12058

/3-1,3-Glucan Recognition Protein

fluorogenic substrates, peptidyl-7-amino-4-methylcoumarins(referred to aspeptidyl-MCAs). Preincubation mixtures, comprising 5 volumes of @-1,3-glucanrecognition protein solution (0.3 mgof protein/ml of K-P buffer containing 150 mM NaCl) and 1 volume of zymosan solution (0.1 mg/ml of double-distilled water) or 5 volumes of the P-1,3-glucanrecognition protein solution and 1 volume of double-distilled water, were incubated at 25 “C. After 10 min incubation, 10-pl aliquots of the preincubation mixtures were assayed for amidase activity. The reaction mixture for the assay consisted of 480 pl of T-M buffer containing 5 mM CaC12,10 p1 of 5 mM fluorogenic substrate, and 10 pl of the above preincubation mixture. After incubation of the mixtures at 30 “C for 120 min, 500 p1 of 50% (v/v) acetic acid was added to terminate enzyme reaction. The amount of liberated 7-amino-4-methylcoumarin was determined after Kojima et al. (17) from fluorescence intensity read a t 460 nm with excitation a t 380 nm, using a Hitachi 204-A fluorescence spectrophotometer. For controls the same preincubation mixtures except for the P-1,3-glucanrecognition protein was prepared and their amidase activity was assayed as above. PeptidylMCAs used were as follows: Arg-MCA, benzoyl-Arg-MCA,Boc-GluLys-Lys-MCA,Boc-Glu(0-benzyl)-Gly-Arg-MCA,Boc-Gln-Arg-ArgMCA, Boc-Ile-Glu-Gly-Arg-MCA, Boc-Leu-Gly-Arg-MCA,Boc-LeuSer-Thr-Arg-MCA, Boc-Leu-Thr-Arg-MCA,Boc-Phe-Ser-Arg-MAC, Boc-Val-Leu-Lys-MCA, Boc-Val-Pro-Arg-MCA, glutalyl-Gly-ArgMCA, Gly-Pro-MCA, Leu-MCA, Lys-Ala-MCA, Pro-Phe-Arg-MCA, L-pyroglutamicacid-MCA, Suc-Ala-Pro-Ala-MCA, Suc-Ala-Ala-ProPhe-MCA, Suc-Arg-Pro-Phe-His-Leu-Leu-Val-Tyr-MCA, Suc-GlyPro-Leu-Gly-Pro-MCA, Suc-Gly-Pro-MCA, Suc-Leu-Leu-Val-TyrMCA, Z-Arg-Arg-MCA,and Z-Phe-Arg-MCA. These substrates were dissolved in either double-distilled water, dimethyl sulfoxide, or dimethyl formamide according to manufacturer’s instruction. Analyses of Amino Acid Composition-Purified @-1,3-glucanrecognition protein was dialyzed against double-distilled water and lyophilized. The lyophilized powder (about 0.5 mg)was hydrolyzed with constant boiling point HCl in sealed ampules at 110 “C for 24 h. Amino acids in the hydrolysate were analyzed on a Hitachi835 amino acid analyzer. Tryptophan content was determined separately after hydrolysis of sample with 4 N methanesulfonic acid at 115 “C for 24 h (18). Determination of Protein-Protein was determined by the method of Lowry et al. (19) using bovine serum albumin as thestandard. Chemicals-Chemicals were obtained from the following sources: beads of curdlan-type polysaccharide 13140 (0-1,3-glucan produced by Alcaligenesfaecalis var. myxogenes I F 0 13140 (20))was a gift from Dr. Y. Nakao of Applied Microbiology Labs., Takeda Chemical Ind. Ltd.(Osaka); zymosan and phenylmethanefsulfonyl fluoride were from Sigma; molecular weight standards and Affi-Gel-heparin were from Bio-Rad; Ampholine for pH range 3-6 was from Pharmacia LKB Biotechnology Inc.; DEAE-Toyopearl and cellulose powder were from Advantec Toyo Co. Ltd. (Kanda, Tokyo); standard proteins for isoelectric point calibration, Sephadex G-100, and pre-packed columns (Mono Q column, HR 5/5 and Superose 12 column, HR 10/30) were from Pharmacia LKB Biotechnology Inc.; p-nitrophenyl p ‘ guanidinobenzoate was from Vega Chemicals (Tuscon, AZ); peptidyl7-amino-4-methylcoumarins and 7-amino-4-methylcoumarinwere from Peptide Institute Inc. (Minoshi, Osaka). Other chemicals used were the highest grade commercially available.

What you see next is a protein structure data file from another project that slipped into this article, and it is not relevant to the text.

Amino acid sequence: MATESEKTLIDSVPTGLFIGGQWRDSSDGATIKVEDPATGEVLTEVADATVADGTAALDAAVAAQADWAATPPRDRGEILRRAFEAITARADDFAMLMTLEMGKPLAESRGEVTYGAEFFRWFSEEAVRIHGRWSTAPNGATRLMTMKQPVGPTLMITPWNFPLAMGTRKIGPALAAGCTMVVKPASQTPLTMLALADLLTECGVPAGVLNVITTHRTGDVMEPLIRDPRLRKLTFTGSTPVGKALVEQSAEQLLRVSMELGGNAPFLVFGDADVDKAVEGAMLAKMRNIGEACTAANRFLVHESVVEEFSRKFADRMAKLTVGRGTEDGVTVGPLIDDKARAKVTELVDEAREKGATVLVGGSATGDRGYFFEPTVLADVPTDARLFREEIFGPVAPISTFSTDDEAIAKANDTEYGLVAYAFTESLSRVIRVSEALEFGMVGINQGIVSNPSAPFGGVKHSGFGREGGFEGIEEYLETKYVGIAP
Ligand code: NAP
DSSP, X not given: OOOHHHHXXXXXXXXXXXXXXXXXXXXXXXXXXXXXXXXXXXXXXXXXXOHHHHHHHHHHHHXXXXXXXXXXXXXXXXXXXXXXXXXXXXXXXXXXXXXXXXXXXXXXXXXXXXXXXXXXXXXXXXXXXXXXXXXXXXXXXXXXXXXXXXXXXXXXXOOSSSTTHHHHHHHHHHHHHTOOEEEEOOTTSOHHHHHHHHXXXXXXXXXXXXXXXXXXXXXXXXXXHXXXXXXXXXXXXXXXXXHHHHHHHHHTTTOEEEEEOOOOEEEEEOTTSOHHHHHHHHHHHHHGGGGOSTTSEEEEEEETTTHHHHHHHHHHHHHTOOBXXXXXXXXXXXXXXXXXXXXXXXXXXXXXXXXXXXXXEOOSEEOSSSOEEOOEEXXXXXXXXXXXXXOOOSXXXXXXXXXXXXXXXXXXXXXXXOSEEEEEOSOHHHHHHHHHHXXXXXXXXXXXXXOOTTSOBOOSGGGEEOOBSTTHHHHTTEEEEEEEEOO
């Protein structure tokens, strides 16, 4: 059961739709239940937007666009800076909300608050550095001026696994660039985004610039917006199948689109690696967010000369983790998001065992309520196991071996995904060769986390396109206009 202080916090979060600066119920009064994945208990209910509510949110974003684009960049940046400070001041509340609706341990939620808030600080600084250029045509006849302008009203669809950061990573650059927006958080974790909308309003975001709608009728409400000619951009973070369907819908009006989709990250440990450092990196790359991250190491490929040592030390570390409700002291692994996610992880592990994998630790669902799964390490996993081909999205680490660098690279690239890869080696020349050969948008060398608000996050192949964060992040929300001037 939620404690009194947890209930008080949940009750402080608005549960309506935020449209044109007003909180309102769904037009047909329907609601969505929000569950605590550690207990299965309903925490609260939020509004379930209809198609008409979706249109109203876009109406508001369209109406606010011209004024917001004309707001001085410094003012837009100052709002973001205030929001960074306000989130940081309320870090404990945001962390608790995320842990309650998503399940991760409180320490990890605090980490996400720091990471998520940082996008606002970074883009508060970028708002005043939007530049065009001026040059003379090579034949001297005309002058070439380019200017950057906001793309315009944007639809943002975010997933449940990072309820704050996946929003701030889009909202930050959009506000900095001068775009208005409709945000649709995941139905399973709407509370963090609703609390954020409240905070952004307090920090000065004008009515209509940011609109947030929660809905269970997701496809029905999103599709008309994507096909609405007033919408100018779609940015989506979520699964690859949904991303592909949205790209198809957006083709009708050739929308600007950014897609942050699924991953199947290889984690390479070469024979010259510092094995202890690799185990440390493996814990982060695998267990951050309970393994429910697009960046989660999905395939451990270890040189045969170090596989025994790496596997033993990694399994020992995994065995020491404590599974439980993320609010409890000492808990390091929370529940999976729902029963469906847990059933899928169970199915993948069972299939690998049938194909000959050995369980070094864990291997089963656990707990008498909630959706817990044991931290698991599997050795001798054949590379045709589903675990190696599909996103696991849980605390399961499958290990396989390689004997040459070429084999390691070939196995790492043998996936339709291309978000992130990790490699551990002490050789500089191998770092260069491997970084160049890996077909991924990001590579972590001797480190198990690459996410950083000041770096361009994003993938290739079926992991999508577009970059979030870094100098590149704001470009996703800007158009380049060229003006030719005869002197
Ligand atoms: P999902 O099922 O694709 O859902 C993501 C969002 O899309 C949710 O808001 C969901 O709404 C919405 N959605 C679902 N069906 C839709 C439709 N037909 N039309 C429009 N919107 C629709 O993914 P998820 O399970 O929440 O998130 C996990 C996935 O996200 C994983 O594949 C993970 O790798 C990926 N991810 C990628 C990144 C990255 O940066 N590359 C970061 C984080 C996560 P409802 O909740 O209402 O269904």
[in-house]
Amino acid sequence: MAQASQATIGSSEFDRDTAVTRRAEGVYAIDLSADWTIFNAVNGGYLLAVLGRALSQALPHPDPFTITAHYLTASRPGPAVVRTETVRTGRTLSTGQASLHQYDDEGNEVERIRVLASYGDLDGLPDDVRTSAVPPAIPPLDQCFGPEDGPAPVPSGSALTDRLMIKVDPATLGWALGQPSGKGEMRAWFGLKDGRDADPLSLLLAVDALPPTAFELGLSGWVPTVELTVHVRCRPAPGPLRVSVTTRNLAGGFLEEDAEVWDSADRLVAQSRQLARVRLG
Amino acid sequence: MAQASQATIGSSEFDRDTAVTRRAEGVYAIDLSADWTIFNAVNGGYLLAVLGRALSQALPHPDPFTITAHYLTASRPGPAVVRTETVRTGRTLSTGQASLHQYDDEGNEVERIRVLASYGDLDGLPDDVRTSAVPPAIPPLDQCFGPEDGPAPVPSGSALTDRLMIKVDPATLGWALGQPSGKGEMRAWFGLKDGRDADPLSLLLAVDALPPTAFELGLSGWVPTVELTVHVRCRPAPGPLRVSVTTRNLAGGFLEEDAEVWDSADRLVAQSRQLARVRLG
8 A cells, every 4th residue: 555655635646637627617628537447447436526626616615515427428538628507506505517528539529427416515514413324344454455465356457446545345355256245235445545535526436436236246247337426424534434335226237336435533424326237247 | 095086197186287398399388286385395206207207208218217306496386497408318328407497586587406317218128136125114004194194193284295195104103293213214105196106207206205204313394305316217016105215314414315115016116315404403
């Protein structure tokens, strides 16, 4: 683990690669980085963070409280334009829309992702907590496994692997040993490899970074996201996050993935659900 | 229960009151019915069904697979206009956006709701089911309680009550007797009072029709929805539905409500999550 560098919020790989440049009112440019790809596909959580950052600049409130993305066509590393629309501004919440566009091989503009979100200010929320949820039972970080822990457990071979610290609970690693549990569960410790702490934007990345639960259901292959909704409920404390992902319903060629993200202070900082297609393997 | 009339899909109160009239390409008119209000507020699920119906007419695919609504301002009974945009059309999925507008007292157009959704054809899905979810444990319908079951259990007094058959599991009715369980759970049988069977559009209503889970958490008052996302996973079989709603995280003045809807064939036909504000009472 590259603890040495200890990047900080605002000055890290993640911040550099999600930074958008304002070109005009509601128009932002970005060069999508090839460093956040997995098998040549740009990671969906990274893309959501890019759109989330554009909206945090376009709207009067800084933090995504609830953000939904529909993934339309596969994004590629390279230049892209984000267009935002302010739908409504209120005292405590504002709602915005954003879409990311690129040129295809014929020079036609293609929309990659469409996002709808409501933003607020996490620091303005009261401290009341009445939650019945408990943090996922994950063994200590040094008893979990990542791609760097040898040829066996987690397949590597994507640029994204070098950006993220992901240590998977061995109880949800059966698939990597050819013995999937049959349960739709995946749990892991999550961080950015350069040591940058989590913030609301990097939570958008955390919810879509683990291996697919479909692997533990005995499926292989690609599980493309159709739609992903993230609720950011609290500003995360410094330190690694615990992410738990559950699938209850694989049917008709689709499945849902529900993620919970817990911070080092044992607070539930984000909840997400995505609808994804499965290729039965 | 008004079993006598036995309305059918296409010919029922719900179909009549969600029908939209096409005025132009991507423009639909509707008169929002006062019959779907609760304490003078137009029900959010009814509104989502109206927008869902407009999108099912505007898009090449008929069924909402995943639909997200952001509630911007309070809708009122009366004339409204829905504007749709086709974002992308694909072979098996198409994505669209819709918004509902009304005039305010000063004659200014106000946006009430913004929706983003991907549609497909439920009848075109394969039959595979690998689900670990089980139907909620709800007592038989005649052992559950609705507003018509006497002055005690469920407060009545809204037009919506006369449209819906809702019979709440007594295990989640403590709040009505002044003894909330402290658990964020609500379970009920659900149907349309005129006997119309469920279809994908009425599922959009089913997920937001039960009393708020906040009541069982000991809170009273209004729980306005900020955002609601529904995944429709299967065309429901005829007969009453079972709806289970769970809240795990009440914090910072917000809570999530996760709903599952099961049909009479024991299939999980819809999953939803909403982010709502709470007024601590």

i n Hemolymph Insect